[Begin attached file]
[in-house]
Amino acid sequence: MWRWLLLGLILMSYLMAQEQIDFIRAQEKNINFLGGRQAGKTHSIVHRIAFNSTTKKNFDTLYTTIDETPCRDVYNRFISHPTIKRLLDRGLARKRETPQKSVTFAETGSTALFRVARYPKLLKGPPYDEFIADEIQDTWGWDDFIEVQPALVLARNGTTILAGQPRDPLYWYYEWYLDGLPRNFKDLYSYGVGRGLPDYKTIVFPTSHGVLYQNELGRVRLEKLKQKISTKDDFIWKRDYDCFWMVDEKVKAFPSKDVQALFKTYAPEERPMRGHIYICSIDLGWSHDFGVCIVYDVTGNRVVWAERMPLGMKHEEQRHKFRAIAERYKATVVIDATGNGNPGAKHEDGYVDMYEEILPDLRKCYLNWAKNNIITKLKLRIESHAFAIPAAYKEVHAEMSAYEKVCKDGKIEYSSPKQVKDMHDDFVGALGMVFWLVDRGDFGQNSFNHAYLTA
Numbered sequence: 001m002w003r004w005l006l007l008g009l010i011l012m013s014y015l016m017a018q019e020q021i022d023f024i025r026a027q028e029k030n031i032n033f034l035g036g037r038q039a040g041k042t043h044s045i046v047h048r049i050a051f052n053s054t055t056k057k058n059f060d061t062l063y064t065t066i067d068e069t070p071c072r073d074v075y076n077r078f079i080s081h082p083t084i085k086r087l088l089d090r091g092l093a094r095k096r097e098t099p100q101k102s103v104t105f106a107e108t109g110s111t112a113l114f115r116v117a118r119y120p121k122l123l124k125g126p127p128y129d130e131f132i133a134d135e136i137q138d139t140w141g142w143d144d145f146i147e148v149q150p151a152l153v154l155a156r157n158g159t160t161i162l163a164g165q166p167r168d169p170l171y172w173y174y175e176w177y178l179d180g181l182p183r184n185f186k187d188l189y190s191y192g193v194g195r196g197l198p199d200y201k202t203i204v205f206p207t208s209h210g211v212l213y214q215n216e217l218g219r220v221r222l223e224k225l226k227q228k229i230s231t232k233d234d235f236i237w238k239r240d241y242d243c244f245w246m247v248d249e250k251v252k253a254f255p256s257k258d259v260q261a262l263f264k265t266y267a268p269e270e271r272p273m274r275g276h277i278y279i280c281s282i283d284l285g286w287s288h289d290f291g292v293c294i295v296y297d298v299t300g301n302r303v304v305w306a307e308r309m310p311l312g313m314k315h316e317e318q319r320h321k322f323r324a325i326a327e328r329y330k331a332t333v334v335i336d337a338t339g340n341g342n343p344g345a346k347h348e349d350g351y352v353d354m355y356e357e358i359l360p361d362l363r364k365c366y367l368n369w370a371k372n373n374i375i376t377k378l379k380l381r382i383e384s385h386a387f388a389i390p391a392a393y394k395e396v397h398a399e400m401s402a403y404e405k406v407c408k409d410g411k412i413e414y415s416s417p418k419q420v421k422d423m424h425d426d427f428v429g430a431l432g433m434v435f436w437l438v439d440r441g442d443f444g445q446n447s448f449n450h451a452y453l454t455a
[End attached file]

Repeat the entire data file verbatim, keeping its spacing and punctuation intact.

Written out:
[in-house]
Amino acid sequence: MWRWLLLGLILMSYLMAQEQIDFIRAQEKNINFLGGRQAGKTHSIVHRIAFNSTTKKNFDTLYTTIDETPCRDVYNRFISHPTIKRLLDRGLARKRETPQKSVTFAETGSTALFRVARYPKLLKGPPYDEFIADEIQDTWGWDDFIEVQPALVLARNGTTILAGQPRDPLYWYYEWYLDGLPRNFKDLYSYGVGRGLPDYKTIVFPTSHGVLYQNELGRVRLEKLKQKISTKDDFIWKRDYDCFWMVDEKVKAFPSKDVQALFKTYAPEERPMRGHIYICSIDLGWSHDFGVCIVYDVTGNRVVWAERMPLGMKHEEQRHKFRAIAERYKATVVIDATGNGNPGAKHEDGYVDMYEEILPDLRKCYLNWAKNNIITKLKLRIESHAFAIPAAYKEVHAEMSAYEKVCKDGKIEYSSPKQVKDMHDDFVGALGMVFWLVDRGDFGQNSFNHAYLTA
Numbered sequence: 001m002w003r004w005l006l007l008g009l010i011l012m013s014y015l016m017a018q019e020q021i022d023f024i025r026a027q028e029k030n031i032n033f034l035g036g037r038q039a040g041k042t043h044s045i046v047h048r049i050a051f052n053s054t055t056k057k058n059f060d061t062l063y064t065t066i067d068e069t070p071c072r073d074v075y076n077r078f079i080s081h082p083t084i085k086r087l088l089d090r091g092l093a094r095k096r097e098t099p100q101k102s103v104t105f106a107e108t109g110s111t112a113l114f115r116v117a118r119y120p121k122l123l124k125g126p127p128y129d130e131f132i133a134d135e136i137q138d139t140w141g142w143d144d145f146i147e148v149q150p151a152l153v154l155a156r157n158g159t160t161i162l163a164g165q166p167r168d169p170l171y172w173y174y175e176w177y178l179d180g181l182p183r184n185f186k187d188l189y190s191y192g193v194g195r196g197l198p199d200y201k202t203i204v205f206p207t208s209h210g211v212l213y214q215n216e217l218g219r220v221r222l223e224k225l226k227q228k229i230s231t232k233d234d235f236i237w238k239r240d241y242d243c244f245w246m247v248d249e250k251v252k253a254f255p256s257k258d259v260q261a262l263f264k265t266y267a268p269e270e271r272p273m274r275g276h277i278y279i280c281s282i283d284l285g286w287s288h289d290f291g292v293c294i295v296y297d298v299t300g301n302r303v304v305w306a307e308r309m310p311l312g313m314k315h316e317e318q319r320h321k322f323r324a325i326a327e328r329y330k331a332t333v334v335i336d337a338t339g340n341g342n343p344g345a346k347h348e349d350g351y352v353d354m355y356e357e358i359l360p361d362l363r364k365c366y367l368n369w370a371k372n373n374i375i376t377k378l379k380l381r382i383e384s385h386a387f388a389i390p391a392a393y394k395e396v397h398a399e400m401s402a403y404e405k406v407c408k409d410g411k412i413e414y415s416s417p418k419q420v421k422d423m424h425d426d427f428v429g430a431l432g433m434v435f436w437l438v439d440r441g442d443f444g445q446n447s448f449n450h451a452y453l454t455a